So the next day I strolled around Penzance and drew pictures. Here’s a view from St Mary’s Churchyard in Penzance.IMG_2495

Above the arch the stone tablet reads:


I work this out as: “This stone was placed here by Phillip Hedgeland, Master of Arts, a cleric (Prebend) of Exeter, who was the first vicar of this Church, St Mary’s.” If anyone’s Latin can offer a better translation, please let me know. On the side of the arch facing the sea was the date: 1883.

The picture, though, is really about the lamp-post. This looks like the one in the Narnia Stories. It is numbered 164AZ with a tag round its middle. After I drew it, I went to check it was a real cast-iron lamp-post and not a fibreglass replica. It was indeed a reassuring cold cast iron, and the maker had put their name in capitals in two places: HOLMAN & SONS PENZANCE”.

By the door of the church I encountered a beautifully engraved tombstone, with Art Nouveau flourishes. It told a sad story though:

In memory of HENRY M FUDGE,
who departed this life Oct 2nd 1822 aged 2 years and 5 months
also S S.F. EDDY daughter of Richard Sally Eddy of this town who died 23 June 1835 aged 1 month.

I drew this picture entirely in three colours: Prussian blue, Alizarin Red, and Indian yellow, from Watercolour box 1. 



Coal Drops Yard N1C from the Skip Garden

Here is the view from high up in the marvellous Skip Garden at Kings Cross. Coal Drops Yard roofs are in the background, behind the crane.


I did this picture with just three colours: cobalt blue, yellow ochre, and alizarin crimson. The yellow ochre and cobalt blue refused to make green. They made grey.

Here is the picture under construction.

IMG_2060On the way to Kings Cross I passed through Duncan Terrace Gardens, in Islington, where there is an extraordinary “bird hotel” in one of the gigantic trees. It was made by “London Field Works” and consists of 300 specially made bird boxes, all different sizes, fitted round the tree.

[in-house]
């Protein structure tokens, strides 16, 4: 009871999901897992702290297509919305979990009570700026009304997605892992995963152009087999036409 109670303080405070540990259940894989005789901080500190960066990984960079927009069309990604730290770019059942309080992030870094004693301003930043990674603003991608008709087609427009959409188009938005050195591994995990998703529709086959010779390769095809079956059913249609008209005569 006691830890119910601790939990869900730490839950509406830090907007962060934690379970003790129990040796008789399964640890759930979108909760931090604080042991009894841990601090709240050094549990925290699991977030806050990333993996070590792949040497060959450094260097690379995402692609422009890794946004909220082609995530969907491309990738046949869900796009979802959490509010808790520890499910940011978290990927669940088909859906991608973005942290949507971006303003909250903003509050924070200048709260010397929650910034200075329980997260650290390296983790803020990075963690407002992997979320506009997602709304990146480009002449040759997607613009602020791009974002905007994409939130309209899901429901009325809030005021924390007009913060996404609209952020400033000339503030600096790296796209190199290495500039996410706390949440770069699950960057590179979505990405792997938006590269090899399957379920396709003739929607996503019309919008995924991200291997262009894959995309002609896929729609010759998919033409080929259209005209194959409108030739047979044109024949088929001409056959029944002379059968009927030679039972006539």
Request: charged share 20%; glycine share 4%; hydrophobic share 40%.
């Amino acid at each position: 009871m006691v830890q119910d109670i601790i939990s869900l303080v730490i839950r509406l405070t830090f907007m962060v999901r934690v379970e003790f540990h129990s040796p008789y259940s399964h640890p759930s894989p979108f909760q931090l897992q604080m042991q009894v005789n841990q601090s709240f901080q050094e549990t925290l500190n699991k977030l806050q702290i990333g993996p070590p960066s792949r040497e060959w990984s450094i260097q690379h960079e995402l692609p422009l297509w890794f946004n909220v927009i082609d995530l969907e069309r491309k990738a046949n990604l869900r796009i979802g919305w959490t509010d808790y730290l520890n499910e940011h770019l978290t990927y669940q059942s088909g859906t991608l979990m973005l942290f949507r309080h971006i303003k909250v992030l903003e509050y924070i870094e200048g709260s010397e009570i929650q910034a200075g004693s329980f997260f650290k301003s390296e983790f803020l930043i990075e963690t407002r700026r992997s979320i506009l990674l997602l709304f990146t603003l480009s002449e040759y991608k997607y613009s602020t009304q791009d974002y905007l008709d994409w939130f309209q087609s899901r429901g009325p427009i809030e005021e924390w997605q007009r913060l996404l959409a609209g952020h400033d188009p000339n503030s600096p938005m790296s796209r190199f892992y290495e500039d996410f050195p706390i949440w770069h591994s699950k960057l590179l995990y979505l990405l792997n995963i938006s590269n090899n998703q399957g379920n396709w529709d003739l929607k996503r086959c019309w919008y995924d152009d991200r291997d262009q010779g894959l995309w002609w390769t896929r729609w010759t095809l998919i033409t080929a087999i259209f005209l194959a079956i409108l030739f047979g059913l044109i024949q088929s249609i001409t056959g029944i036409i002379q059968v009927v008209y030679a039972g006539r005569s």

A nearby notice assured me: “The method of installation has been designed in close consultation with the Forestry Commission and the borough’s ecology dept to enable the tree to continue to grow and expand.”

99 Leman Street E1 – Co-operative Wholesale Society (CWS)

This huge redbrick building in Leman Street stands proudly amongst the 21st century steel and glass. Inscribed round its windows and above its door in letters a foot high are the words “Co-operative Wholesale Society Limited”. The words are spelled out in full, and written in stone. Oh, those confident and visionary Victorians!

The Co-operative Wholesale Society’s  London Branch headquarters were built to designs by J. F. Goodey of 1885. At the formal opening on 2 November 1887, the CWS announced that it should ‘be their aim to make this beautiful building a common home for all the various movements having for their object the interest and advancement of the working people. They had with them their friend, the Rev. S. A. Barnett, and they hoped to work hand in hand with him and the residents of Toynbee Hall, in giving a message of hope to the people of the neighbourhood’

from the “Survey of London” [https://surveyoflondon.org/map/feature/1264/detail/]